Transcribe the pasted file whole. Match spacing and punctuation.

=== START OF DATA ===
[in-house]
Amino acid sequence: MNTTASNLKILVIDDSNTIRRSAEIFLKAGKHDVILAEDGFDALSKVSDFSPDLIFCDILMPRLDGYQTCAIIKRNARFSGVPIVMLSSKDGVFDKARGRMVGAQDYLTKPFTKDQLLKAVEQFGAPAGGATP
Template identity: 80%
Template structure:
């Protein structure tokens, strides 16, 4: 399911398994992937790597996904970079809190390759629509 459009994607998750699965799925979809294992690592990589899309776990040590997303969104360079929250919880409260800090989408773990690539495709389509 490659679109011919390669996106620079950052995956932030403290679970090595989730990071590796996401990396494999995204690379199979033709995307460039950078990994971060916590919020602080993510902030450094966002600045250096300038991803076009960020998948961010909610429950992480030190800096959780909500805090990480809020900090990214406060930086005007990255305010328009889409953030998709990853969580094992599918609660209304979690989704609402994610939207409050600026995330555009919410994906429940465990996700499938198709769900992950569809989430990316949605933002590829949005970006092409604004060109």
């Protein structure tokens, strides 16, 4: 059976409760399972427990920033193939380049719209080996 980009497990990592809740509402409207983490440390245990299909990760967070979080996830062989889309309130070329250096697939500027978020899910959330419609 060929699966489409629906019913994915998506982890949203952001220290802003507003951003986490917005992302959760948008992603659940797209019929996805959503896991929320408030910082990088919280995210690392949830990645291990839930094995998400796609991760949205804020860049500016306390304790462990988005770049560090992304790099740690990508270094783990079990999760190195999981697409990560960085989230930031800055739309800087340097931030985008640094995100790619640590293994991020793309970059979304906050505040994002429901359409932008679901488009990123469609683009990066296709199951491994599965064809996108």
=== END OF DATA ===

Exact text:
[in-house]
Amino acid sequence: MNTTASNLKILVIDDSNTIRRSAEIFLKAGKHDVILAEDGFDALSKVSDFSPDLIFCDILMPRLDGYQTCAIIKRNARFSGVPIVMLSSKDGVFDKARGRMVGAQDYLTKPFTKDQLLKAVEQFGAPAGGATP
Template identity: 80%
Template structure:
């Protein structure tokens, strides 16, 4: 399911398994992937790597996904970079809190390759629509 459009994607998750699965799925979809294992690592990589899309776990040590997303969104360079929250919880409260800090989408773990690539495709389509 490659679109011919390669996106620079950052995956932030403290679970090595989730990071590796996401990396494999995204690379199979033709995307460039950078990994971060916590919020602080993510902030450094966002600045250096300038991803076009960020998948961010909610429950992480030190800096959780909500805090990480809020900090990214406060930086005007990255305010328009889409953030998709990853969580094992599918609660209304979690989704609402994610939207409050600026995330555009919410994906429940465990996700499938198709769900992950569809989430990316949605933002590829949005970006092409604004060109």
């Protein structure tokens, strides 16, 4: 059976409760399972427990920033193939380049719209080996 980009497990990592809740509402409207983490440390245990299909990760967070979080996830062989889309309130070329250096697939500027978020899910959330419609 060929699966489409629906019913994915998506982890949203952001220290802003507003951003986490917005992302959760948008992603659940797209019929996805959503896991929320408030910082990088919280995210690392949830990645291990839930094995998400796609991760949205804020860049500016306390304790462990988005770049560090992304790099740690990508270094783990079990999760190195999981697409990560960085989230930031800055739309800087340097931030985008640094995100790619640590293994991020793309970059979304906050505040994002429901359409932008679901488009990123469609683009990066296709199951491994599965064809996108």